There is no question that SEP is fantastic, but if the recent entries I’ve noted are the new standard, there is an emphasis on something other than the importance of the possible entry that made SEP fantastic in the first place. The entry that set me off was the Ayn Rand one—the bibliography alone is one of the most embarrassing I’ve ever seen: outlets of questionable merit at best, etc.
I should mention right off the bat that my book will be out in some format or other within a matter of weeks. It will fucking blow away whatever "product" these academic jackasses have been churning out for decades. There will be a veritable bukkake of egg to be wiped off these people's smug faces, it will be so embarrassing to them and their tired old pretentious ways. (I will only mention at this point that the book will vastly exceed the scope and effectiveness of that of the tentative outline I made back in February.)
As to the "outlets of questionable merit," we can cut the bullshit and translate that snooty weasel-wording into: "Not from the most elite academic presses." Best as I can determine, that means: Oxford University Press, Harvard University Press, and Princeton University Press. According to the Distinguished Professor, Cambridge University Press doesn't reliably produce "first-rate" material - and he would cite Tara Smith's Ayn Rand's Normative Ethics as one example of why it doesn't.
(I am curious, why hasn't the Distinguished Professor published a stand-alone book on Nietzsche from one of these most "elite" presses? Routledge surely qualifies as "second-tier" at best, correct? Leiter has an established "elite" publishing record and reputation in the field of law or philosophy of law, but is he really that "elite" a philosopher, pathologically elitist creep that he is?)
Now, as to those most elite of presses, I can cite books from those presses offering essentially the same substantive conclusions that Rand delivered: David Norton's Personal Destinies: A Philosophy of Ethical Individualism (Princeton), Philippa Foot's Natural Goodness (Oxford), A. John Simmons's On the Edge of Anarchy: Locke, Consent, and the Limits of Society (Princeton).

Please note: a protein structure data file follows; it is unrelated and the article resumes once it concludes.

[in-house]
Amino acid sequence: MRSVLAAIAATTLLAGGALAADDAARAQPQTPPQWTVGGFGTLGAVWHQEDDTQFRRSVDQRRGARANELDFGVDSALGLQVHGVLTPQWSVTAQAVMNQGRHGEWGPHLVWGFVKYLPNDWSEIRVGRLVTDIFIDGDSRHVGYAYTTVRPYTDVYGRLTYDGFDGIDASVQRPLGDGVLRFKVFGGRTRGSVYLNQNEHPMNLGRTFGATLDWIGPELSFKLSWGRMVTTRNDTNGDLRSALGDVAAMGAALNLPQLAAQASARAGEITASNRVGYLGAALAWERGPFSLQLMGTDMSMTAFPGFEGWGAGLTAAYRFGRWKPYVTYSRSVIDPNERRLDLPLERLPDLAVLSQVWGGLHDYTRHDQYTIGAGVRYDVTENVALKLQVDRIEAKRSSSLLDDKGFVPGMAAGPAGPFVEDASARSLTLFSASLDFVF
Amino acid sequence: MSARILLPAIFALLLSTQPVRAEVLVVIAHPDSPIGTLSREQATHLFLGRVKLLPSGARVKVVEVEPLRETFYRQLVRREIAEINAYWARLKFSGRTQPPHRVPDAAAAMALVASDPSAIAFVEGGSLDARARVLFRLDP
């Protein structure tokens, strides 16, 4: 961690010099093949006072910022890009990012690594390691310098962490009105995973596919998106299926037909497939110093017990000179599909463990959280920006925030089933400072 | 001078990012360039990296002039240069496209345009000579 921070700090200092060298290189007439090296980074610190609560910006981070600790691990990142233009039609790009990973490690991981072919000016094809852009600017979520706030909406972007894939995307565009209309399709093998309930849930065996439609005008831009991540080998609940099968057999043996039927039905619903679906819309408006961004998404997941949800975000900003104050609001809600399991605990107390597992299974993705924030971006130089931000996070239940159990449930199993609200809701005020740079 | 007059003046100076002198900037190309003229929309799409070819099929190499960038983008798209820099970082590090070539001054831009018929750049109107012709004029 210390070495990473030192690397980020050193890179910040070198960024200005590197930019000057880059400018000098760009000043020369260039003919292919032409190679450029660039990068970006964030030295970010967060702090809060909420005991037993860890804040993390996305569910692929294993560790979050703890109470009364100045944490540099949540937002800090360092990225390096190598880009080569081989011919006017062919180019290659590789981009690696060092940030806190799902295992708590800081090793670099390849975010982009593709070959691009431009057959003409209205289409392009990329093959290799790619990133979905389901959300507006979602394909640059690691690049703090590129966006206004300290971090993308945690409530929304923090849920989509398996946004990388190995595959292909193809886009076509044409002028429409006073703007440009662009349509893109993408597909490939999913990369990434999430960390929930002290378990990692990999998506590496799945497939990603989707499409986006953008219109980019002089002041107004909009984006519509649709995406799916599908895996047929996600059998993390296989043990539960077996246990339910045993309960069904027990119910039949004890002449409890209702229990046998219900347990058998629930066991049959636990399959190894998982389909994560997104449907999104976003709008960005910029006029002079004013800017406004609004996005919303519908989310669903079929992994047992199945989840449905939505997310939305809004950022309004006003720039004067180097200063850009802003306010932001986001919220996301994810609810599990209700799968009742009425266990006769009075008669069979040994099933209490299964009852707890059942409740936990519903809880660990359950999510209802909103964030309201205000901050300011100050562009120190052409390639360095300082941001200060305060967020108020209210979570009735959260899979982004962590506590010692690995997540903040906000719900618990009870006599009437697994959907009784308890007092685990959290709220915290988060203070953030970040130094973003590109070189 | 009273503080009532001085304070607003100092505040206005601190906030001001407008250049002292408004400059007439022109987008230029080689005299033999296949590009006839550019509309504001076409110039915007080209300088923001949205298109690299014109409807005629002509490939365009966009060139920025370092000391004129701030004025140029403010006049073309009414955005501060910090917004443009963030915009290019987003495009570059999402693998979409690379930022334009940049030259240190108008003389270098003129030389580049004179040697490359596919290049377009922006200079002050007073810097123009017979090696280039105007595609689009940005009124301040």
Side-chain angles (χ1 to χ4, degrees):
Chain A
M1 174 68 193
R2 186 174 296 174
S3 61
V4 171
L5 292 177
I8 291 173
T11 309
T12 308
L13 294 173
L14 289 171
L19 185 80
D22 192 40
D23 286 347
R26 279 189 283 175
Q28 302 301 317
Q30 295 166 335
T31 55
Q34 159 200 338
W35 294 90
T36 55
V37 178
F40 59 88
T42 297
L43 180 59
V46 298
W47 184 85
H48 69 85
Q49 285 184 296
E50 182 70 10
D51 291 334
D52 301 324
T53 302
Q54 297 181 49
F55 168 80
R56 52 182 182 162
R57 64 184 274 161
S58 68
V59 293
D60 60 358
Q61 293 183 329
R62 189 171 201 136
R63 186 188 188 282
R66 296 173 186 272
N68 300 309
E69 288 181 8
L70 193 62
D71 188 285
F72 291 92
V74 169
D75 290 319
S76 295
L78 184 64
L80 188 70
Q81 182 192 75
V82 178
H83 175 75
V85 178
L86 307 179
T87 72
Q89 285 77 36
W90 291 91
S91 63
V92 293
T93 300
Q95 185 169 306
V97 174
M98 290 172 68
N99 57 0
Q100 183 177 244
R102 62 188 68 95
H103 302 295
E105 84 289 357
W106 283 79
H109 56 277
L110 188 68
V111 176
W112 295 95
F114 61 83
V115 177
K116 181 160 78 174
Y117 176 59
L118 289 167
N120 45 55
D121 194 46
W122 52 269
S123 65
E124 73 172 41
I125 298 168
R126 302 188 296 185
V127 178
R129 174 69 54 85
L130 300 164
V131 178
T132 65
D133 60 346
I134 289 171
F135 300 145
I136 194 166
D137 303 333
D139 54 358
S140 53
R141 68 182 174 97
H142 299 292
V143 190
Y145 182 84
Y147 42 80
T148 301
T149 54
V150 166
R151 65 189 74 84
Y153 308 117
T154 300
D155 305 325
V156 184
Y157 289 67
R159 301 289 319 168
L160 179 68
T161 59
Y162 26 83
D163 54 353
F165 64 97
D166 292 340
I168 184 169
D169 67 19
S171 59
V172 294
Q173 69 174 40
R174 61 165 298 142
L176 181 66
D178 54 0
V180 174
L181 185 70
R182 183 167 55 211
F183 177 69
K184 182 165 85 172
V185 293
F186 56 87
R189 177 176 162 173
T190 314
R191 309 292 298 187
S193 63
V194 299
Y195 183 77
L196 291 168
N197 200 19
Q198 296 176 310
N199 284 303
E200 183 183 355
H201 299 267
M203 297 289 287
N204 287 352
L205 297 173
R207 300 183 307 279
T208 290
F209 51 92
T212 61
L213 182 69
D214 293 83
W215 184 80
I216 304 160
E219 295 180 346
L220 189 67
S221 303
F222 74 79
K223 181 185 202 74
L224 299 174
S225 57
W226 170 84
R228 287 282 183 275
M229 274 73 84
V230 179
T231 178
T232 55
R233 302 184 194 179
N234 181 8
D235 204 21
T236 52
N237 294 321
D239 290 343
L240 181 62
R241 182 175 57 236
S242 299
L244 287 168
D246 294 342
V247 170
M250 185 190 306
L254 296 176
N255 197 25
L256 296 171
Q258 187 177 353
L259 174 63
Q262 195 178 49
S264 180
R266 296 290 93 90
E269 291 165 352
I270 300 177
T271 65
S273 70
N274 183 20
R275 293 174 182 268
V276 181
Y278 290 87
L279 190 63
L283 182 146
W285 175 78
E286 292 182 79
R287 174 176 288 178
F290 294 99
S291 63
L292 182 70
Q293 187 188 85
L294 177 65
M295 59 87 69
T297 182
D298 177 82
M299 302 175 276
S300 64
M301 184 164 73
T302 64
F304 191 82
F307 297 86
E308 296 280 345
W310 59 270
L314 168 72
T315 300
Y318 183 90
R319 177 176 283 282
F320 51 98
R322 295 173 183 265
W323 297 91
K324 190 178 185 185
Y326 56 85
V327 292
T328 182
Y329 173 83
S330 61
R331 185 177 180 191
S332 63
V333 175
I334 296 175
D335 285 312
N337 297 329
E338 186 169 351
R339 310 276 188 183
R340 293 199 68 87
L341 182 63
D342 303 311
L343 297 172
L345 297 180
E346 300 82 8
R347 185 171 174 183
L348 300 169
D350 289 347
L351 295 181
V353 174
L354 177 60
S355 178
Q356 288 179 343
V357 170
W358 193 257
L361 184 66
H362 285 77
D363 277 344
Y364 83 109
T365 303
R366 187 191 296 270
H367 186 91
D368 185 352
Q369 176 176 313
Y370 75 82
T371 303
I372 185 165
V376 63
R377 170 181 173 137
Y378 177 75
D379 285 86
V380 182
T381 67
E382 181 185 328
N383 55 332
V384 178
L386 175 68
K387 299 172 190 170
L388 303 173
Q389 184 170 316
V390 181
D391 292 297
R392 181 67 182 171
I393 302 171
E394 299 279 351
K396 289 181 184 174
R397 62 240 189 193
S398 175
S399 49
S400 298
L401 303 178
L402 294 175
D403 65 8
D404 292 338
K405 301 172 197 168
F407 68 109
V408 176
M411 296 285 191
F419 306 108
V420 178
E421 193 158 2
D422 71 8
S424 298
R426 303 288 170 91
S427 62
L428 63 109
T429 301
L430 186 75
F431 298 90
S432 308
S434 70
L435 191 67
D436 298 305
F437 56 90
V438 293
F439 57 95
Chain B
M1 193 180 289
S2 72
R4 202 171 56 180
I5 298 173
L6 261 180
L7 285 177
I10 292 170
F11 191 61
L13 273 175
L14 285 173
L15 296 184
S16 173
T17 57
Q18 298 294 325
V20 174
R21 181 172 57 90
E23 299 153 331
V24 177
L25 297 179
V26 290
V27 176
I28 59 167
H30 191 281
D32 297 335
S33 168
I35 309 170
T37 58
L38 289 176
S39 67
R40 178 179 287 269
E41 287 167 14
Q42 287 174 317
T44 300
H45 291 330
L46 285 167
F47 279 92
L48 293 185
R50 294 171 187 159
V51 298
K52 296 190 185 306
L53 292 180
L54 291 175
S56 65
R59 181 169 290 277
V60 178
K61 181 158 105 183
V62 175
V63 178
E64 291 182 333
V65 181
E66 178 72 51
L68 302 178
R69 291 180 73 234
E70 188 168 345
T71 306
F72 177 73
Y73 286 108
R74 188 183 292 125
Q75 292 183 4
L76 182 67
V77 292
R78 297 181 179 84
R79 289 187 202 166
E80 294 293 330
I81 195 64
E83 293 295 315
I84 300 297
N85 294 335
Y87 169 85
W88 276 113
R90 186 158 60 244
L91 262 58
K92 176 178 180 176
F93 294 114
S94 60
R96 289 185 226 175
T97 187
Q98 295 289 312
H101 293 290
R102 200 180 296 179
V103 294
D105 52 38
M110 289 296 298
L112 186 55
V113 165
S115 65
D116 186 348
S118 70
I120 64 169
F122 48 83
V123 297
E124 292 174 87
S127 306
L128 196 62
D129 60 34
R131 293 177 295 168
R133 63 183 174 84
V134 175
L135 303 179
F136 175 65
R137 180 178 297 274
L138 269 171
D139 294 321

Now, let's comment on the cowardice, second-handerism and social metaphysics of "the caliber of outlet," shall we? Leiter as well as anyone knows that Nietzsche stood against a whole tradition of philosophy that was quite thoroughly academic in nature. The irony here, of course, is that the likes of Leiter, comfortably ensconced in academia, represent the very phenomenon Nietzsche was against. The politicking, the snootiness, the conformity to the established ways, the "Professor X says" over the "it is" . . . Nietzsche blasted right through all that. ("But it's the Parthenon!" And so it is.) Leiter as well as anyone should remember how tenured Princeton philosophy professor Walter Kaufmann (Critique of Religion and Philosophy) blasted through the whole charade that passed for philosophy as it was done in the mid-20th century. What exactly has changed, other than some sluggish progress in an Aristotelian direction?
Let's also further comment on the nature of the academic intelligentsia: for over 100 years, the academy was (still is? still?) fervently pro-socialistic, despite there being no sound basis on which to argue for socialism. We already know how Marxian pseudo-scientific anti-capitalist dialectics fell flat on its face. We know how socialism has proven to be a massive and utter failure, just as Mises predicted back in 1922. As the whole intellectual world was engulfed in socialistic ideology, Mises was a virtual lone voice of sanity - as was Ayn Rand later on when it came to philosophy as such (before being joined in that regard independently by Kaufmann in the '50s). The academy's reaction to Mises' absolutely sound argumentation: to ignore it.